International adoption brings together different cultural heritages

Adoption of child from China has changed the lives and the concept of cultural diversity for a Kelowna family.

  • Mar. 1, 2015 6:00 a.m.

By Dorothy Birker


“An invisible red thread connects those who are destined to meet regardless of time, place or circumstance.  The thread may stretch or tangle but it will never break.”    ~Chinese Proverb


Recently a group of families gathered at the EECO Centre to celebrate the Chinese New Year. There were traditional red envelopes, beautiful silk dresses, and lucky foods like long life noodles and good fortune oranges. The adults chatted and visited while the kids played and made special Year of the Sheep crafts.

In some ways it was a very typical Chinese New Year gathering, and in some ways very different. This celebration was hosted by a group of Okanagan families who have adopted from China. While most of the parents are Caucasian, most of the kids are Chinese born Canadians who have come a long way to complete their forever families.

The celebration is a way to honour the culture and history of our children, but it is also a way to normalize for kids the distinctive make-up of our families. We seek to expose our kids to their cultural heritage, to embrace Chinese traditions, and make them part of our now global family.  And we look to connect in some ways to others that have shared similar experiences to ours.

Donalie and Jason Banman had one biological son Josh when they adopted their daughter Jade in 1996.  International adoptions happened less then and the Banmans travelled with just two other Canadian couples to China. They were living in Regina at the time and had a supportive network welcome them home. When Jade was two they moved to Medicine Hat and Donalie experienced a less positive response one day.

“I remember taking the kids for a walk one day when this older man looked at our family and said ‘Now what were you thinking?’, says Donalie.  “I was so shocked at first I didn’t know what to say, but then I told him that every child deserves a family and she fits ours perfectly.”

The Banmans moved to Lake Country when Jade was four. Although this small community wasn’t very culturally diverse then, it has been very welcoming.

In 2005, the Banmans travelled once again to China to bring home their youngest child, Lily.  It was a perfect time for Jade to also travel back to her country of birth and see the orphanage she used to live in.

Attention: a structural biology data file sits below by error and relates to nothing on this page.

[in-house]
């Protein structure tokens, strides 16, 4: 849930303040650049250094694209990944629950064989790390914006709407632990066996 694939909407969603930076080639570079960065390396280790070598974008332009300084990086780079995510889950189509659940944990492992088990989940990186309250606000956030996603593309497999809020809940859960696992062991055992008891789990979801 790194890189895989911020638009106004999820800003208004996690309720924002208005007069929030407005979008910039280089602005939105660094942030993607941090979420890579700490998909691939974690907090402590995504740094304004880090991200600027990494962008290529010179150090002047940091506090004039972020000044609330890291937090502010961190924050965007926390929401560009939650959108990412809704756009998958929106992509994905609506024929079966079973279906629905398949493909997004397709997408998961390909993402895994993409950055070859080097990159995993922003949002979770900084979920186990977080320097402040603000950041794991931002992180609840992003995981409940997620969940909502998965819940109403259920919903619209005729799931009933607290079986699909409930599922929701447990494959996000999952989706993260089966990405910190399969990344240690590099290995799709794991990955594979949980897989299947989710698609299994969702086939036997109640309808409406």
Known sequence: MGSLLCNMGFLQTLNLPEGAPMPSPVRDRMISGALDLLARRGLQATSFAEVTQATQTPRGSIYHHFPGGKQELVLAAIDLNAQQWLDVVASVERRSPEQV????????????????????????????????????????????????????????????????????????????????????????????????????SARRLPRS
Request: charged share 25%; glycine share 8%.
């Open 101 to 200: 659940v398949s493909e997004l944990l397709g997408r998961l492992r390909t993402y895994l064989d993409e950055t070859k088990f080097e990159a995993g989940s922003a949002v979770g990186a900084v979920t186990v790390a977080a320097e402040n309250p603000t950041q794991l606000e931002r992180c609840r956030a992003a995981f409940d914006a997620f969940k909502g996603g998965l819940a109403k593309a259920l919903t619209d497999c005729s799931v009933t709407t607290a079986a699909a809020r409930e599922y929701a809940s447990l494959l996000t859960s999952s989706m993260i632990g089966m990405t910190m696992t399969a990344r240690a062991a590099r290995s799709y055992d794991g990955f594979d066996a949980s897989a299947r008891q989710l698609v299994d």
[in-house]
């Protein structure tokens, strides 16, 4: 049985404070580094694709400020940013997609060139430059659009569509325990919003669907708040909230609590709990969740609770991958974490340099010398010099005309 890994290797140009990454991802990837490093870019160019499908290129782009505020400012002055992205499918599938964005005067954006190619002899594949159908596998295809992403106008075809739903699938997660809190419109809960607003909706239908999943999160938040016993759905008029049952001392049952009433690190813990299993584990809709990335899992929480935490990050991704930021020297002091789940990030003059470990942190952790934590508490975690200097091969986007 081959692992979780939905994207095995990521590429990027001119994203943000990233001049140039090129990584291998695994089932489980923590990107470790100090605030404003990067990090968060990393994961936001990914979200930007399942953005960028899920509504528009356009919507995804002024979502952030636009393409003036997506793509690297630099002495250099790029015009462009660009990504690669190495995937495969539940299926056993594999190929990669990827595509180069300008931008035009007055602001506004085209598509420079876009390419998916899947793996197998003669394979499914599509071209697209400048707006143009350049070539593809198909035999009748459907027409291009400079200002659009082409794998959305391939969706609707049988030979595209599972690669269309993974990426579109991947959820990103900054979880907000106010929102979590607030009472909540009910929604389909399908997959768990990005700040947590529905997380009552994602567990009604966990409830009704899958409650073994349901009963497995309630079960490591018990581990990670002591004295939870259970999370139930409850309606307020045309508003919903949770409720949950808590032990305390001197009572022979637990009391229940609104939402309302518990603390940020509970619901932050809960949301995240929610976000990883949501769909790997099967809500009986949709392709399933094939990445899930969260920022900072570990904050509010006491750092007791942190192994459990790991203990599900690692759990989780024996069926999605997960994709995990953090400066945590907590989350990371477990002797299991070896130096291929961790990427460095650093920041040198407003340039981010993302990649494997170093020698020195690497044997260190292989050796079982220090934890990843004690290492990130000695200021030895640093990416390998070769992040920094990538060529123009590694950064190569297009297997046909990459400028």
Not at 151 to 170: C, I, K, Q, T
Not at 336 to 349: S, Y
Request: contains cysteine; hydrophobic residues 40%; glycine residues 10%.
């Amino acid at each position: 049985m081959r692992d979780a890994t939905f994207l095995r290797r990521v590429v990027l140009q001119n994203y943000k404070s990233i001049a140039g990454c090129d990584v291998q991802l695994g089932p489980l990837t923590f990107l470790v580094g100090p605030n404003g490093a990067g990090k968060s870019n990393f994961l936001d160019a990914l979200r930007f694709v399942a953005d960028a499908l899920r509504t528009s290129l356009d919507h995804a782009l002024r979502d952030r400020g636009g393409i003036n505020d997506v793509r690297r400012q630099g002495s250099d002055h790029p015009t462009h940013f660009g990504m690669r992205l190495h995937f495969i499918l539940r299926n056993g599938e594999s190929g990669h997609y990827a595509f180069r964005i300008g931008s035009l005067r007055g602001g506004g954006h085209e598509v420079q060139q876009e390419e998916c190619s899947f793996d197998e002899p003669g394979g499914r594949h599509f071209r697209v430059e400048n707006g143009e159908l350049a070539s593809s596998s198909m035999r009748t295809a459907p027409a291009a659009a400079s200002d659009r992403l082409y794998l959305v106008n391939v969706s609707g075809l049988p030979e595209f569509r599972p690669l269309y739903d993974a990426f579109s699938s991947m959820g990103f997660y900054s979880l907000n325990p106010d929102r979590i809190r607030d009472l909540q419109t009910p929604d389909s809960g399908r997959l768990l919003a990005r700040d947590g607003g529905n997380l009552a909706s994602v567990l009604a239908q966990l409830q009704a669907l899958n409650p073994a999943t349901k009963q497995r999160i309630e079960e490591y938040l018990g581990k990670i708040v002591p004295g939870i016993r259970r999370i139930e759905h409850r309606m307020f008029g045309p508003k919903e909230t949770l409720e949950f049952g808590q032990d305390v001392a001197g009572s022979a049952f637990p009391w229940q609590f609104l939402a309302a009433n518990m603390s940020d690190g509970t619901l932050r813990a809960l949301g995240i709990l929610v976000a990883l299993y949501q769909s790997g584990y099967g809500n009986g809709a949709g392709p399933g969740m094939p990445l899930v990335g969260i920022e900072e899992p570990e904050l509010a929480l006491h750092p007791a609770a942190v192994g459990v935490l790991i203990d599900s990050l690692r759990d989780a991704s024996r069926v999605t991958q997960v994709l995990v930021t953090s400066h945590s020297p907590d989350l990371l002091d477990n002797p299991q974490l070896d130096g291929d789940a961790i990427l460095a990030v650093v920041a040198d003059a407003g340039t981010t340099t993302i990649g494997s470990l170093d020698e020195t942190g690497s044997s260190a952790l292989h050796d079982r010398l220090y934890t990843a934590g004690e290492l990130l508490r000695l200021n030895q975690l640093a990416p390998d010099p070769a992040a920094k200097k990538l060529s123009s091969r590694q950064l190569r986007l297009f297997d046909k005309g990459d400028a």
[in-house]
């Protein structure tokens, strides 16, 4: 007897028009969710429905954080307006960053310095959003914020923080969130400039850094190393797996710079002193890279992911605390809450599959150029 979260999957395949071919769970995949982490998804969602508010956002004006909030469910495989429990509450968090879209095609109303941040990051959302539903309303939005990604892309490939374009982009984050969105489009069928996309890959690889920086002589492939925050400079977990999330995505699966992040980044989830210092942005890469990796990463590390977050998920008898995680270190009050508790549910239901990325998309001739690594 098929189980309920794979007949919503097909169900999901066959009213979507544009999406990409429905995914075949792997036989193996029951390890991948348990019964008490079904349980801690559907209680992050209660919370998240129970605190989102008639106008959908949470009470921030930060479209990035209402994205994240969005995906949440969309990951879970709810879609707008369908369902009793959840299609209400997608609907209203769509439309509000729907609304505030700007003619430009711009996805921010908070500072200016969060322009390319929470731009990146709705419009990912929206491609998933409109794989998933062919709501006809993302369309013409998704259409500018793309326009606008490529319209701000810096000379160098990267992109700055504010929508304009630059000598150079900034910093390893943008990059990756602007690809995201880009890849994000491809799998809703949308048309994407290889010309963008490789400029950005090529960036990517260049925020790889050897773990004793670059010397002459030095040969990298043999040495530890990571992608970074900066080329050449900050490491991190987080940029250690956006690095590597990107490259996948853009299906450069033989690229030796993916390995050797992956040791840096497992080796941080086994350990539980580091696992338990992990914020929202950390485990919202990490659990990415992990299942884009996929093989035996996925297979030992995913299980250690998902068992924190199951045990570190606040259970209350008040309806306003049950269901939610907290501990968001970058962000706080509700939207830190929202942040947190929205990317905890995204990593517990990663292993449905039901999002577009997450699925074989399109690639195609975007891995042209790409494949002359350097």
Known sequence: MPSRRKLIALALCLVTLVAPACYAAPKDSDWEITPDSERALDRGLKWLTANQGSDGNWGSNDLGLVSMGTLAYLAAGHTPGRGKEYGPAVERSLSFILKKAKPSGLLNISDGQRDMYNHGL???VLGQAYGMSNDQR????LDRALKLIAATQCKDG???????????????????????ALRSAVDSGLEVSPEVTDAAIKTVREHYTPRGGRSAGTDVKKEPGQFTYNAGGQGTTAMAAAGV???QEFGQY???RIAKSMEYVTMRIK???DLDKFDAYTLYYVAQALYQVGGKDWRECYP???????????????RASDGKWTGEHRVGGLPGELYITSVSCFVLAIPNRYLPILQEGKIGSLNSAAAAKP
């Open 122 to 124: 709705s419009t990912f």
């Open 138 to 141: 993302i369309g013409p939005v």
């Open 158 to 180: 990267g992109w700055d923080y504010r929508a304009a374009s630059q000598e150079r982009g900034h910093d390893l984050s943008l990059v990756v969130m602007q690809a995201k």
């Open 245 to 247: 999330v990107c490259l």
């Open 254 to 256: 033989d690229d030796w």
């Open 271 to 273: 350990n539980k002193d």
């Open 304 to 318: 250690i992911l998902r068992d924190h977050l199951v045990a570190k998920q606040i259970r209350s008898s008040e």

“It was very interesting and I was glad to take it all in,” says Jade.  “It made me think about my adoption going but Lily’s experience was very different too.”

To an outsider, Jade’s family might seem unique, but for Jade, it is simply her family.

“I don’t usually think about looking different from my parents,” she says matter-of-factly. “But then sometimes I look in the mirror and think, oh, I really do look different. Then I just shrug it off.”

“I want to understand my heritage but I really identify myself as a Canadian,” Jade continues.

“I don’t notice people identifying us as being different anymore at all,” says Donalie. “I don’t know if it’s because we’ve lived her so long and everyone already knows us or if it’s because I am not as vigilant about it. When Jade was going to school she was one of only two visible minorities.  Lily’s classroom is much more diverse and I don’t think it’s a big deal to anyone.”

Each family attending the celebrations has had different experiences and come to this point in their journey their own way. But we do share a common thread and being open to new cultural experiences and learning about our children’s heritage and traditions has only expanded our opportunities to celebrate more often. Gong Xi Fa Cai (congratulations and best wishes for a prosperous New Year).


Dorothee Birker is the coordinator for The Respect Network in the Central Okanagan.  She is also the proud mother of Zhen, adopted from Xian, China in 2010. The Respect Network, funded by Embrace BC, is a group of community organizations in the Thompson Okanagan region that seek to have all community members welcomed, valued and respected. Join the movement and take the Respect Challenge at  respectnetwork.ca.






Here is the second story and picture.


Photo – Jade, Donalie, Jason and Lily (front) Banman

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